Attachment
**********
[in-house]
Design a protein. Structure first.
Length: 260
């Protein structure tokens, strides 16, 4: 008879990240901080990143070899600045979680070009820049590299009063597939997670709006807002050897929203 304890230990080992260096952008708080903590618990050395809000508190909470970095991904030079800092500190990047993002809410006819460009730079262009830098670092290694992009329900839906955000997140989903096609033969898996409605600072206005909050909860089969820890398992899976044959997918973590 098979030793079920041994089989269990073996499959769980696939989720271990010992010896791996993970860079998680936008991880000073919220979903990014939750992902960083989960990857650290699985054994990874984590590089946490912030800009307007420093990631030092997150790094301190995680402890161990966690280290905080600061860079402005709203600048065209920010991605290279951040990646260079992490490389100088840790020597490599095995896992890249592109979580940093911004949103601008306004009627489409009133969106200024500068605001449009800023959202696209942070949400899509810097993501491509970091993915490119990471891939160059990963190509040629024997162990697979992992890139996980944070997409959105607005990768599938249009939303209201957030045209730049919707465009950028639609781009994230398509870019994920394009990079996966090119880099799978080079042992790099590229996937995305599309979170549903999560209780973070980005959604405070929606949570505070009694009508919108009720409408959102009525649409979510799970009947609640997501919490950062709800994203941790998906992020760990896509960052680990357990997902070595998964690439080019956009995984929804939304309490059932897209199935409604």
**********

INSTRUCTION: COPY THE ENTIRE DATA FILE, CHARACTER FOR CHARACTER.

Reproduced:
[in-house]
Design a protein. Structure first.
Length: 260
């Protein structure tokens, strides 16, 4: 008879990240901080990143070899600045979680070009820049590299009063597939997670709006807002050897929203 304890230990080992260096952008708080903590618990050395809000508190909470970095991904030079800092500190990047993002809410006819460009730079262009830098670092290694992009329900839906955000997140989903096609033969898996409605600072206005909050909860089969820890398992899976044959997918973590 098979030793079920041994089989269990073996499959769980696939989720271990010992010896791996993970860079998680936008991880000073919220979903990014939750992902960083989960990857650290699985054994990874984590590089946490912030800009307007420093990631030092997150790094301190995680402890161990966690280290905080600061860079402005709203600048065209920010991605290279951040990646260079992490490389100088840790020597490599095995896992890249592109979580940093911004949103601008306004009627489409009133969106200024500068605001449009800023959202696209942070949400899509810097993501491509970091993915490119990471891939160059990963190509040629024997162990697979992992890139996980944070997409959105607005990768599938249009939303209201957030045209730049919707465009950028639609781009994230398509870019994920394009990079996966090119880099799978080079042992790099590229996937995305599309979170549903999560209780973070980005959604405070929606949570505070009694009508919108009720409408959102009525649409979510799970009947609640997501919490950062709800994203941790998906992020760990896509960052680990357990997902070595998964690439080019956009995984929804939304309490059932897209199935409604």